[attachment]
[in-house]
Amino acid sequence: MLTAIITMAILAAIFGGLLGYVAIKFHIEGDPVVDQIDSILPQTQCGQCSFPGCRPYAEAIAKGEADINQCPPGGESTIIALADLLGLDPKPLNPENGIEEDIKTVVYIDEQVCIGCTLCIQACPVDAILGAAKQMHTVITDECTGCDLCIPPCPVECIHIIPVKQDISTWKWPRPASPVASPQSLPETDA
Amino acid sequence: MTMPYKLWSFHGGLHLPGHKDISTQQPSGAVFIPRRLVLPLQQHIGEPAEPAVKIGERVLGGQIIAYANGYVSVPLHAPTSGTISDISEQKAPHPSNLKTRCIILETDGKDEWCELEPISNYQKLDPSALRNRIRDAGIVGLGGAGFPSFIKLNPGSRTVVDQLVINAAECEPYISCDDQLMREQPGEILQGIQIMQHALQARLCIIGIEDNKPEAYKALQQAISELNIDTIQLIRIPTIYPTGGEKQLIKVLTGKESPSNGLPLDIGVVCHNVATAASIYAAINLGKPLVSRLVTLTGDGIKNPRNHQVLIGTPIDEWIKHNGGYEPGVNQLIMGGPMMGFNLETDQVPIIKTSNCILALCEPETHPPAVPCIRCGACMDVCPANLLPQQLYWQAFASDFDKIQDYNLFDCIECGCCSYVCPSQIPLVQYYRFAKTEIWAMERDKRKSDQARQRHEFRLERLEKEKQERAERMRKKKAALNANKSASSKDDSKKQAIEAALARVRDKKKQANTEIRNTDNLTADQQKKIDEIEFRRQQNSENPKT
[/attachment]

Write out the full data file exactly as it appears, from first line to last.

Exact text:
[in-house]
Amino acid sequence: MLTAIITMAILAAIFGGLLGYVAIKFHIEGDPVVDQIDSILPQTQCGQCSFPGCRPYAEAIAKGEADINQCPPGGESTIIALADLLGLDPKPLNPENGIEEDIKTVVYIDEQVCIGCTLCIQACPVDAILGAAKQMHTVITDECTGCDLCIPPCPVECIHIIPVKQDISTWKWPRPASPVASPQSLPETDA
Amino acid sequence: MTMPYKLWSFHGGLHLPGHKDISTQQPSGAVFIPRRLVLPLQQHIGEPAEPAVKIGERVLGGQIIAYANGYVSVPLHAPTSGTISDISEQKAPHPSNLKTRCIILETDGKDEWCELEPISNYQKLDPSALRNRIRDAGIVGLGGAGFPSFIKLNPGSRTVVDQLVINAAECEPYISCDDQLMREQPGEILQGIQIMQHALQARLCIIGIEDNKPEAYKALQQAISELNIDTIQLIRIPTIYPTGGEKQLIKVLTGKESPSNGLPLDIGVVCHNVATAASIYAAINLGKPLVSRLVTLTGDGIKNPRNHQVLIGTPIDEWIKHNGGYEPGVNQLIMGGPMMGFNLETDQVPIIKTSNCILALCEPETHPPAVPCIRCGACMDVCPANLLPQQLYWQAFASDFDKIQDYNLFDCIECGCCSYVCPSQIPLVQYYRFAKTEIWAMERDKRKSDQARQRHEFRLERLEKEKQERAERMRKKKAALNANKSASSKDDSKKQAIEAALARVRDKKKQANTEIRNTDNLTADQQKKIDEIEFRRQQNSENPKT